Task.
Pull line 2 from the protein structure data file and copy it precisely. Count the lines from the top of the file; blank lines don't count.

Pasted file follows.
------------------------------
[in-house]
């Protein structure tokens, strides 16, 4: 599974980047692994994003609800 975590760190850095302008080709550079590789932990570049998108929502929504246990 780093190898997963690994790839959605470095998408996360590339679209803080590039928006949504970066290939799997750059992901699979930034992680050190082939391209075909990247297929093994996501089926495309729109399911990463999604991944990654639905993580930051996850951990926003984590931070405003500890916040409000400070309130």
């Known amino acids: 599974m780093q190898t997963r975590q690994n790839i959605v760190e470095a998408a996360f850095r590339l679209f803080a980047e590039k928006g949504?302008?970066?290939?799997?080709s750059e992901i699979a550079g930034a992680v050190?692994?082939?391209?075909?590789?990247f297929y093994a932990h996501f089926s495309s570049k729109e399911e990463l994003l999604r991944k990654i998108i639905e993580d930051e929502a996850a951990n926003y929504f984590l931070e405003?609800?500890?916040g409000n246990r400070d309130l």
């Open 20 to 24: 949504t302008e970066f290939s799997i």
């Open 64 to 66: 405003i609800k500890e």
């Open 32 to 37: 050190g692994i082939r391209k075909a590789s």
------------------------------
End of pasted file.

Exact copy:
């Protein structure tokens, strides 16, 4: 599974980047692994994003609800 975590760190850095302008080709550079590789932990570049998108929502929504246990 780093190898997963690994790839959605470095998408996360590339679209803080590039928006949504970066290939799997750059992901699979930034992680050190082939391209075909990247297929093994996501089926495309729109399911990463999604991944990654639905993580930051996850951990926003984590931070405003500890916040409000400070309130």